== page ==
Then, a curveball. Sahil’s carefully-crafted game plan went out the window when his interviewer picked a specific, profound line from his essay and prodded him about it. With the HBS interview being non-blind, Sahil knew that the interviewer would have read all his application material and could ask about any of it. Nevertheless, the super specific question threw him off base. If he’d started answering right away, he knew would run the risk of rambling. That’s when his practice kicked in; what worked in that moment was to just take some time to prepare and respond intelligently.
After the interview, on his flight back home, Sahil mentioned this part of the experience in his post-interview reflection. He wrote honestly about how the question had thrown him off, but he was intrigued by the depth of the process. Addressing this specifically in his reflection worked well, as HBS values self-aware applicants who take ownership, even in challenging circumstances.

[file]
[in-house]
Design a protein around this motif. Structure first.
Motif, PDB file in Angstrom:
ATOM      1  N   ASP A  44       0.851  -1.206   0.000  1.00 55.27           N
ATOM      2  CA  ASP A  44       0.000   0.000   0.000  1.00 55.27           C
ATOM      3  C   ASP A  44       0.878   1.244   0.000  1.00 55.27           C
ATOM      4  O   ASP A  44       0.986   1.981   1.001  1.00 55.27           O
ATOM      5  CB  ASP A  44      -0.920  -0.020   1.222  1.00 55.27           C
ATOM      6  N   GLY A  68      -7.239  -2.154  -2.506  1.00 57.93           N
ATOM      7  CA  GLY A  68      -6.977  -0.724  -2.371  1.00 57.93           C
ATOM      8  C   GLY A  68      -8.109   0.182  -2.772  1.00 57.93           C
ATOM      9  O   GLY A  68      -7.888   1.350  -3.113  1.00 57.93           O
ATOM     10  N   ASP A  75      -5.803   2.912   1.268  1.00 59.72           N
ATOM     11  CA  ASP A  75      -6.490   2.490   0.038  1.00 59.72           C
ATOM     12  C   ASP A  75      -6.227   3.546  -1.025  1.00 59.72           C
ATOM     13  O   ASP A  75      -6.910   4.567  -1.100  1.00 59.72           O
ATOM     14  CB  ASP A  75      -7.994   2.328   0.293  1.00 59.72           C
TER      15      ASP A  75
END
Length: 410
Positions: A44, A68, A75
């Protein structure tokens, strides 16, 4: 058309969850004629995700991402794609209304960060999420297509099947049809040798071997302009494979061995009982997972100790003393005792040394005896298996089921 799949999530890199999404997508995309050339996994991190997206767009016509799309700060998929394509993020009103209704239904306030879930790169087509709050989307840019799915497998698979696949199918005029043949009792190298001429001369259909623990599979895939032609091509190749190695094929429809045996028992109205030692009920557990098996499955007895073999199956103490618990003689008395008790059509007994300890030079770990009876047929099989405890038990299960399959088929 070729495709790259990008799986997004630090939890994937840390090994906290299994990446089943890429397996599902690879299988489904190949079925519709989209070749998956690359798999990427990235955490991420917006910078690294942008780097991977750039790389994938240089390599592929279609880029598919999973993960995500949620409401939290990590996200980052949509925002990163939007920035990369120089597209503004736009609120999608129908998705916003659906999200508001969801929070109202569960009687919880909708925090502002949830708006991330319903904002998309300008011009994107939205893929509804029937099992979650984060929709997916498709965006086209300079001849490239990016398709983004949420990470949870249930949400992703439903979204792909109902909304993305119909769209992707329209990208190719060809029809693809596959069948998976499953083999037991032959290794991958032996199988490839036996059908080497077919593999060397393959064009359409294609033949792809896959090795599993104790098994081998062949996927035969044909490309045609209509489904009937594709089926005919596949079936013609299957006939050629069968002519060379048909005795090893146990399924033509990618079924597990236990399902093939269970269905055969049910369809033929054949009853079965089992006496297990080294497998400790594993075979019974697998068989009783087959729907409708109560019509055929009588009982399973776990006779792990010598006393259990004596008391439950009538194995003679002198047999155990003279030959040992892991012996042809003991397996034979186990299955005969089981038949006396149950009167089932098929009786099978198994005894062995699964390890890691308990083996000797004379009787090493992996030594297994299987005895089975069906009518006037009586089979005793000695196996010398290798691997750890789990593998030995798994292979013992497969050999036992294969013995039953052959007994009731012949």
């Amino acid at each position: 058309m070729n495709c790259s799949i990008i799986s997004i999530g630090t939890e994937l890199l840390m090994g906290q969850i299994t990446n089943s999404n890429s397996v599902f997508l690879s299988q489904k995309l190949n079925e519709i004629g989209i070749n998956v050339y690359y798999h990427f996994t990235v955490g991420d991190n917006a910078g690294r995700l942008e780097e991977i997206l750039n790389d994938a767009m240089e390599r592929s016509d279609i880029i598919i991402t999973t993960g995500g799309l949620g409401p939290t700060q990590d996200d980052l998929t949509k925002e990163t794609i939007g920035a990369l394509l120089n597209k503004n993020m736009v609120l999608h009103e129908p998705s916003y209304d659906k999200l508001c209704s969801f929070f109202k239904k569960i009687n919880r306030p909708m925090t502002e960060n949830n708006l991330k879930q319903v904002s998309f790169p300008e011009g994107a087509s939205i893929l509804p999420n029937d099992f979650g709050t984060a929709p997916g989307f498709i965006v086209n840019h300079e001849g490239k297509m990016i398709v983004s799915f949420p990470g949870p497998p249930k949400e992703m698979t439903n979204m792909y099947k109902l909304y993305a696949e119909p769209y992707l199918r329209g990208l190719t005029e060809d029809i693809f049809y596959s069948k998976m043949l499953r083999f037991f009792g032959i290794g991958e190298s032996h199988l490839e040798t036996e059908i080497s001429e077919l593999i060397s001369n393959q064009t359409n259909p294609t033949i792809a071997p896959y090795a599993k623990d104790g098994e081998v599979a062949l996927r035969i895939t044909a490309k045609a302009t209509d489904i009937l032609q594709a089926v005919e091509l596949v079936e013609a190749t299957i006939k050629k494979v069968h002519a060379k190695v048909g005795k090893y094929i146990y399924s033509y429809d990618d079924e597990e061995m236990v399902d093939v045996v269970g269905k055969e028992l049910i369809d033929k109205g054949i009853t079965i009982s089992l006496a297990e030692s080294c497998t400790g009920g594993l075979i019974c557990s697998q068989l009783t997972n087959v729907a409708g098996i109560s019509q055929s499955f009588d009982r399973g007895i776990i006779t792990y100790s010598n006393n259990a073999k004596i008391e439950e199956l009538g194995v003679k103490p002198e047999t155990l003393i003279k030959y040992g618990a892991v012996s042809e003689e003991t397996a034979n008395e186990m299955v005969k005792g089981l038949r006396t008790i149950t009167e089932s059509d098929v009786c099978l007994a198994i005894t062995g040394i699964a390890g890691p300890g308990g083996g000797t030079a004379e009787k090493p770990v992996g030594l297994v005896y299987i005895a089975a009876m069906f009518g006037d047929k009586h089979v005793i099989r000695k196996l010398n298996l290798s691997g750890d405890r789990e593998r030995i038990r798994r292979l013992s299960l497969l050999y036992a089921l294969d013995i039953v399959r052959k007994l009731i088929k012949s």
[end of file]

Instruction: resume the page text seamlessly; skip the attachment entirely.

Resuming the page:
Working with a Consultant
Sahil started his application process after taking the GMAT, as he wanted a clear idea of the schools that were within his reach and those that weren’t. He also needed to manage his work schedule and prepare to write application essays, nine years after he had written his last college essay.
Realizing that a consultant could help him structure his application, Sahil reached out to several consultants, and found Sam. Over time, the trust and personal connection he built with Sam helped him develop an authentic narrative.